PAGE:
The current exhibit at the Kenan Center in Lockport consists of photos—hundreds of them—taken in country during the Vietnam War by Lockport area soldiers.
The draft war that gave us as its legacy the all-volunteer—all-testosterone—military. So the military and politicos can keep having wars like Vietnam. In which nobody has to sacrifice who doesn’t want to. Make the world safe for George W. Bush’s Iraq adventure.
But somebody has to sacrifice. And always the relatively few. Even in the Vietnam War.
The Kenan Center exhibit is a record of the sacrifice of those few. Amid the photos and sporadic text in the form of some letters home and some quotations from writers who wrote about their Vietnam tour, is a panel display of 80 names plus notations in the form of 12W 75. Being the section number and line number of the same name inscribed on the Vietnam Memorial on the mall in Washington, D.C.
And next to the panel display, two loose-leaf notebooks, each with a page for each of the men—hard to know whether to call them men or boys, mostly in their late teens or early twenties when they died—listed on the panel display. One page of “Virtual Wall” project vital statistics. Philip Jon Stemper, born 02/24/1949, died 04/01/1970, age 21. Start of tour: 09/13/1969, Casualty date: 04/01/1970. Location: Binh Thuan Province, South Vietnam. Casualty details: gun or small arms fire, hostile, died outright. Further details as to service rank, grade, unit, etc. The other page—other notebook—the obit story in the local press. Lockport Union Sun and Journal, April 7, 1970: “Spec. 4, Philip J. Stemper, 21…only child of Mrs. Philip C. Stemper…struck by mortar fire during an artillery barrage near Sang Mao…killed instantly…1967 graduate of Lockport Senior High School…had been employed at Harrison Radiator Division, General Motors Corp., as a production worker…was taking an engineering course at his home before enlistment…” With his picture, in uniform. He looks 17 or 18.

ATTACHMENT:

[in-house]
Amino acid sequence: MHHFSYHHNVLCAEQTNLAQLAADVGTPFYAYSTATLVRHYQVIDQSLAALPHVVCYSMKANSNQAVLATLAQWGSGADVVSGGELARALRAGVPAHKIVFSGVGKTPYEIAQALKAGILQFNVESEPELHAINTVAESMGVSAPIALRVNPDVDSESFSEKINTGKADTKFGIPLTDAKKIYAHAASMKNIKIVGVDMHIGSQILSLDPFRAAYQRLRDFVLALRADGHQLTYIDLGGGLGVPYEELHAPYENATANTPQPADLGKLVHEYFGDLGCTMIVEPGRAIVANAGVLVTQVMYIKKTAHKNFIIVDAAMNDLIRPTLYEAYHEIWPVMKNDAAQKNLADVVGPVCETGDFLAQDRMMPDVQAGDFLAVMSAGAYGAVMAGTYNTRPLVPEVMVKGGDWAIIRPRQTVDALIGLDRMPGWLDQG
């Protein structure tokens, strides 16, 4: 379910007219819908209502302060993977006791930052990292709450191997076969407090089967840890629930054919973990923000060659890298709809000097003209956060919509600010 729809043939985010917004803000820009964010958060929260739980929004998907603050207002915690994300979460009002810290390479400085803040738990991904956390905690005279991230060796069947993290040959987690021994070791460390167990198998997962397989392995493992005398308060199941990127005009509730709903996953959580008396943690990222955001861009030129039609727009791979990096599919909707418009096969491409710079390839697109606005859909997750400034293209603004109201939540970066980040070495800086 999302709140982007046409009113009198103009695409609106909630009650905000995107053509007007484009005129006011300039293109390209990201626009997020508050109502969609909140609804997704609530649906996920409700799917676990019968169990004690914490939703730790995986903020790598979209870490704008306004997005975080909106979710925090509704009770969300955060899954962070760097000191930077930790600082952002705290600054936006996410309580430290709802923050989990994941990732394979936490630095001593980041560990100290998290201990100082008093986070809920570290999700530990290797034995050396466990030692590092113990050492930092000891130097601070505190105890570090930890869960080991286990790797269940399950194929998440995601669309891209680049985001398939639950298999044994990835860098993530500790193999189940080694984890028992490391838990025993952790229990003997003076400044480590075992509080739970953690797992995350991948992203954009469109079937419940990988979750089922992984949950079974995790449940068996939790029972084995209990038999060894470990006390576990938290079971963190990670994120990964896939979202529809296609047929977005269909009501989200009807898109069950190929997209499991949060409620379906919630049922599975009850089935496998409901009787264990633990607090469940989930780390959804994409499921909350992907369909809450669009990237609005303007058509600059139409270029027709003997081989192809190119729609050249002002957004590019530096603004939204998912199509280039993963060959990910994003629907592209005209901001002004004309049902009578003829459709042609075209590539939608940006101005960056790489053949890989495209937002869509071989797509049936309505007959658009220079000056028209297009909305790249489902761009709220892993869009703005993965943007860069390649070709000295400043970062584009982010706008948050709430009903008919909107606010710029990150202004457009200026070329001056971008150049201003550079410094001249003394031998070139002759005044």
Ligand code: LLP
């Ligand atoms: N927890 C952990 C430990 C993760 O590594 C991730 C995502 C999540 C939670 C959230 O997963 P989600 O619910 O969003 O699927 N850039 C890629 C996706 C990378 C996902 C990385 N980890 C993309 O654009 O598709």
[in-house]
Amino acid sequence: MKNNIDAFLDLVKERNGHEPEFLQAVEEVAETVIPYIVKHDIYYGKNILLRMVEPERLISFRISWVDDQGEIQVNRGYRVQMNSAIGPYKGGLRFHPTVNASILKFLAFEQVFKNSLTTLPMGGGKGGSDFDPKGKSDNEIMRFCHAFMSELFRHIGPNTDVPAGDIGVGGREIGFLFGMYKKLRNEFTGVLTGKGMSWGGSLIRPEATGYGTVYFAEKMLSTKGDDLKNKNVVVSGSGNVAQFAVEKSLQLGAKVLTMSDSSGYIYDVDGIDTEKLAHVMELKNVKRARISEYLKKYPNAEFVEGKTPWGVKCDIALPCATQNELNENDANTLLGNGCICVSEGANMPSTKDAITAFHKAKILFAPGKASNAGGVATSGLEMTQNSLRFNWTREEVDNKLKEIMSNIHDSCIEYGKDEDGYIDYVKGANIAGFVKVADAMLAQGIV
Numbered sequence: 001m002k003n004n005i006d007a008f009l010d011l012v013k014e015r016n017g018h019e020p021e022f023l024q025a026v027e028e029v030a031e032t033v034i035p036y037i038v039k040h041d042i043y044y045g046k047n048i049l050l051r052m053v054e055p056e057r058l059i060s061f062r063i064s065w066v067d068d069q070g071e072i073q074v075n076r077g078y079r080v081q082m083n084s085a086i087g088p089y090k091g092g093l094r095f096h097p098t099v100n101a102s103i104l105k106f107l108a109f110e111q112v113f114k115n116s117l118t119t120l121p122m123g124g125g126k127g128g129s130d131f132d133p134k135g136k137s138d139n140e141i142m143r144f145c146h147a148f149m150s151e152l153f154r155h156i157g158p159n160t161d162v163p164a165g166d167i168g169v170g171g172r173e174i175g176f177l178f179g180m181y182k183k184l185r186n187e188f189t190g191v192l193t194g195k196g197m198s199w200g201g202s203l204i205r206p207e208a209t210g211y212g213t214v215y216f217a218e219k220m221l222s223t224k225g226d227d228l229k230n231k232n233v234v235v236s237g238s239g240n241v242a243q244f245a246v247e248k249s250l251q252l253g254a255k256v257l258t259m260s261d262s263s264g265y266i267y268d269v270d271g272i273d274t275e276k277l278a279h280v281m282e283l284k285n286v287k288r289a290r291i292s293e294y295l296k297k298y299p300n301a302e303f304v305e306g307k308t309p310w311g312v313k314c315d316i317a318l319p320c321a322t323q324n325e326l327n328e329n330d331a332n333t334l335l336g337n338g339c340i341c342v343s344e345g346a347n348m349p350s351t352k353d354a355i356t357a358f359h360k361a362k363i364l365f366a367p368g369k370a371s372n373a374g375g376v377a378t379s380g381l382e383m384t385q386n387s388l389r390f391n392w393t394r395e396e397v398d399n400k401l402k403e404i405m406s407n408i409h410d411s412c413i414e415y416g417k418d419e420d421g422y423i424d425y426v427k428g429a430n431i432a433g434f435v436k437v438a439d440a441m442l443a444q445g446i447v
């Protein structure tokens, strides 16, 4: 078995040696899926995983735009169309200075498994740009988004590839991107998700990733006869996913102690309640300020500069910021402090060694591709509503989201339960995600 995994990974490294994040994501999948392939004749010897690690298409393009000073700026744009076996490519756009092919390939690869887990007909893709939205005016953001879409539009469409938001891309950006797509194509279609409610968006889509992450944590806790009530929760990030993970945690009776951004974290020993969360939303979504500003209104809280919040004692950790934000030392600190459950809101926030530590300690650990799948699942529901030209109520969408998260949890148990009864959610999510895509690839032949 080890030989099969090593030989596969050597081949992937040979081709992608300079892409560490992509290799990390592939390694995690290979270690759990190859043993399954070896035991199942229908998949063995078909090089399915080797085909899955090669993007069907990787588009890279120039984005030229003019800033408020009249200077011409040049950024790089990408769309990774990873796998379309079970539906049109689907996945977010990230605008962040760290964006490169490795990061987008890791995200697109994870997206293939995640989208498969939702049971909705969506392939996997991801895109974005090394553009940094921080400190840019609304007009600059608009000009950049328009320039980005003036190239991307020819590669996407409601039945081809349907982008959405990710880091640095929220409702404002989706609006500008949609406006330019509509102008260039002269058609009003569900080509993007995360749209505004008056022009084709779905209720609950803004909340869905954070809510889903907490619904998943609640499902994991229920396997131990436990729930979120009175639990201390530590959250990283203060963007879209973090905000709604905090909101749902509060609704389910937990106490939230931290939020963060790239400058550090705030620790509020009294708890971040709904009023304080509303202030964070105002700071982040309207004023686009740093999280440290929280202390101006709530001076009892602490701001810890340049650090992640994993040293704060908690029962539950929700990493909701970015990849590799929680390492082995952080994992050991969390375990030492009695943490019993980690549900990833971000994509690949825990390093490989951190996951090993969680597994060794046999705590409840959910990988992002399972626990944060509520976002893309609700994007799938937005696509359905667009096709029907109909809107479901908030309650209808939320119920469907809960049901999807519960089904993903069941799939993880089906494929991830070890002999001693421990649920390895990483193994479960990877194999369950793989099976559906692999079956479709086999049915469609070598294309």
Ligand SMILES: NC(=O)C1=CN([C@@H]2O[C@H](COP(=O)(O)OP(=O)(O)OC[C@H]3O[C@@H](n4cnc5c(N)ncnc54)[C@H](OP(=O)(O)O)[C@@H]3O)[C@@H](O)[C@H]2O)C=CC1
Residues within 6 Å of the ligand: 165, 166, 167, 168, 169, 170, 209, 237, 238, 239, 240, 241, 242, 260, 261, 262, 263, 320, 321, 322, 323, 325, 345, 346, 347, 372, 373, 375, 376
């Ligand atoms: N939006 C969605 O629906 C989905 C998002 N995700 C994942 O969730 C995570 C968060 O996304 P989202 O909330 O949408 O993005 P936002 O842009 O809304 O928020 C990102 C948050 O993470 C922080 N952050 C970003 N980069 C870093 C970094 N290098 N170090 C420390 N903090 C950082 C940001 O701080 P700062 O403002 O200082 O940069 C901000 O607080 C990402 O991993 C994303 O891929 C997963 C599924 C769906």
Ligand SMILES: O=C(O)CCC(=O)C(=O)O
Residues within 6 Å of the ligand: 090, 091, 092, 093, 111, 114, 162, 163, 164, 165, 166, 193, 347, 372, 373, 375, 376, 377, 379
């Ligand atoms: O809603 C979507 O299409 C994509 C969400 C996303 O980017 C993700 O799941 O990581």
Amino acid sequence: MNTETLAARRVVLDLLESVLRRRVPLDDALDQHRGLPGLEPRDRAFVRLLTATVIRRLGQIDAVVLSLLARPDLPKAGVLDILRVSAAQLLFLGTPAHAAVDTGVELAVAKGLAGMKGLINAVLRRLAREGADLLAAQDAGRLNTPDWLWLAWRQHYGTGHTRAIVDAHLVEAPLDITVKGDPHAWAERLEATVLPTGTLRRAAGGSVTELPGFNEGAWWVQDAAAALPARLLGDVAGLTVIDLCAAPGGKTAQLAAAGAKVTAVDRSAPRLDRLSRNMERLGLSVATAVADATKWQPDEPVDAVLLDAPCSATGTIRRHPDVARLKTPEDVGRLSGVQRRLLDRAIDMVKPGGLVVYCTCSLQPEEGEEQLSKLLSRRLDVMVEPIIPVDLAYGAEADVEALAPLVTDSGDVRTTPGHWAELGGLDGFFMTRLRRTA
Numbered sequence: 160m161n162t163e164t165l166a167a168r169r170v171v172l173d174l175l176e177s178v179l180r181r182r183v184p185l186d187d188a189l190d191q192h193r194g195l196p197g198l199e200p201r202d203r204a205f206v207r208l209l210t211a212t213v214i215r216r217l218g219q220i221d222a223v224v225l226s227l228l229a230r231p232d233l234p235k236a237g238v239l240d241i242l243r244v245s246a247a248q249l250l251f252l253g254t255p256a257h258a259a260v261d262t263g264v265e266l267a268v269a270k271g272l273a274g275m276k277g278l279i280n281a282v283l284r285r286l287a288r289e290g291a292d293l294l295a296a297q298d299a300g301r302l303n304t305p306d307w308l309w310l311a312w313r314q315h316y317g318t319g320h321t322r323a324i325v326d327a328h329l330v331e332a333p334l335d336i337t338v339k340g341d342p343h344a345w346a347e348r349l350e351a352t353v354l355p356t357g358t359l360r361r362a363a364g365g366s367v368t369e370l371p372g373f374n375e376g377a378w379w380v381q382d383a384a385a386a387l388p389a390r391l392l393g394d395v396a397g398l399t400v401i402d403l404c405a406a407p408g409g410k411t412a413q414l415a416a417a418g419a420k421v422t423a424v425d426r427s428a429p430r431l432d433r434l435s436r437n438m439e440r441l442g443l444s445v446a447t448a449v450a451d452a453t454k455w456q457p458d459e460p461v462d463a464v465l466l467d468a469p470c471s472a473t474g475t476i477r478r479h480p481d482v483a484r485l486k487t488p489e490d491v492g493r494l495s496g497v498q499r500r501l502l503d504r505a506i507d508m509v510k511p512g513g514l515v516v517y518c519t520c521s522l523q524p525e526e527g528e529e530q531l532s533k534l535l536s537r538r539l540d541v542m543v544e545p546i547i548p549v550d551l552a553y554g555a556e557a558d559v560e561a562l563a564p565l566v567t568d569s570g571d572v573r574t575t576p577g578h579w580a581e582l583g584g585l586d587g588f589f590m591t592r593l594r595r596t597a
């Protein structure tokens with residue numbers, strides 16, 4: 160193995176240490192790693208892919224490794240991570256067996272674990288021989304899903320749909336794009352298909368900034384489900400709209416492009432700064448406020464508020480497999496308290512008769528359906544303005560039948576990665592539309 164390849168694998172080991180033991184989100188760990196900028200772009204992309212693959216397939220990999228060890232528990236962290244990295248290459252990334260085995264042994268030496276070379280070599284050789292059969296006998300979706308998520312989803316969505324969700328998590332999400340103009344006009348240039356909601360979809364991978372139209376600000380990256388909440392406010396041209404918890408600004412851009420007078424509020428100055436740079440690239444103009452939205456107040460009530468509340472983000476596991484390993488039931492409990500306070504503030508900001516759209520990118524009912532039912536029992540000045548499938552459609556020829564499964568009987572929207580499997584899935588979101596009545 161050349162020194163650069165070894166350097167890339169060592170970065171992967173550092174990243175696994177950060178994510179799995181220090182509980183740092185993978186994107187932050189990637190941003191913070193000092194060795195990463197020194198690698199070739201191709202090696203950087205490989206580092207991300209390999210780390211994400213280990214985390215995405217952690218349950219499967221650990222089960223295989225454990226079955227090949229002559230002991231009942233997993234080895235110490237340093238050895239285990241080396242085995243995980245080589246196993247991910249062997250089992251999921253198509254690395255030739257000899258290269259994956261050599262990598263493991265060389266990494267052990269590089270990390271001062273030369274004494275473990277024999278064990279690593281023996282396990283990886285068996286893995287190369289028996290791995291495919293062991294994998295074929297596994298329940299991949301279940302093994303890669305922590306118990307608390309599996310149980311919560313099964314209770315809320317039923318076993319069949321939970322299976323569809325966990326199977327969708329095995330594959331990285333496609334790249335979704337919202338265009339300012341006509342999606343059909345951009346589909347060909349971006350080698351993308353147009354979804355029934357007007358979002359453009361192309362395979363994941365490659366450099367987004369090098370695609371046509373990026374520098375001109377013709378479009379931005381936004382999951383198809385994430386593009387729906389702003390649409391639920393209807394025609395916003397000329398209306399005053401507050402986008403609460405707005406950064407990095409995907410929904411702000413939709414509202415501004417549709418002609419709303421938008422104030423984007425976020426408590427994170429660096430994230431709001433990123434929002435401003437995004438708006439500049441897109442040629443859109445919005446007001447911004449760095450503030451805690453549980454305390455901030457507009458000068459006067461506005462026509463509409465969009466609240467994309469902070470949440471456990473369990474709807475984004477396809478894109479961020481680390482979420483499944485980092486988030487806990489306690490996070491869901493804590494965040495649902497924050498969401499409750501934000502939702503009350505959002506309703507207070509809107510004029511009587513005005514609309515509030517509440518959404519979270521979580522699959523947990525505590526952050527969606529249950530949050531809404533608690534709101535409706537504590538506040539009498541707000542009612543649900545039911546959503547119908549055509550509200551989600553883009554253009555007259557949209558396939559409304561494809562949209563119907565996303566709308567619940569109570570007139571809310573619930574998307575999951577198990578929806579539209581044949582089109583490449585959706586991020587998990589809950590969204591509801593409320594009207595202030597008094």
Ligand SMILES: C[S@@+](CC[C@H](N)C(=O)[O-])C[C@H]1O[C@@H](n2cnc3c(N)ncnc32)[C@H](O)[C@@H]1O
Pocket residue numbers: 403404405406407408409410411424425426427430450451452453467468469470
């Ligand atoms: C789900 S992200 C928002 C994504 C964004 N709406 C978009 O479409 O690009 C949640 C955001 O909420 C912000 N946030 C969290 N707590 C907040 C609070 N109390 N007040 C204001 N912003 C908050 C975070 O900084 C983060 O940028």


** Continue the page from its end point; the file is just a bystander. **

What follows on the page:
Not much in the photos about combat, naturally, but combat preparations. Building bunkers. Loading supplies. And tedium. Photos of service buddies, posed and unposed. On sandbag bunkers. Or just horsing around. Cache finds of enemy ordnance. Other enemy vestiges. A small mess hut, half subterranean and camouflaged. Some local fauna. A green bamboo viper suspended—not skewered—alive and well, it looks like—on a bayonet on a rifle. Helicopters. Aerial photos of patchwork quilts of farm fields. And big serpentine river. And Vietnamese. Old people and young. Many photos of kids. A posed photo of two boys about six, arms around each others’ shoulders. One looking at the camera, a faint smile for the photographer. The other looking off to the right, a little apprehensive. This boy’s shirt open at the top, revealing some sort of cloth amulet around his neck, on a string. Another small boy on the back of a water buffalo, controlling the huge horned beast with a flimsy rope bridle and bit.
Among the wall text, a passage from Everything We Had, by John Muir. (Maybe slightly self-contradictory, maybe not.) “We did a fine job there. If it had happened in World War II, they would still be telling stories about it. But it happened in Vietnam, so nobody knows about it today. Marines don’t talk about Vietnam. We lost. So it’s just wiped out, all that’s off the slate, it doesn’t count. It makes you a little bitter.”
The exhibit continues through October 11.
Vietnam Veterans: Our Photo Album
Kenan Center House Gallery / 433 Locust St, Lockport / kenancenter.org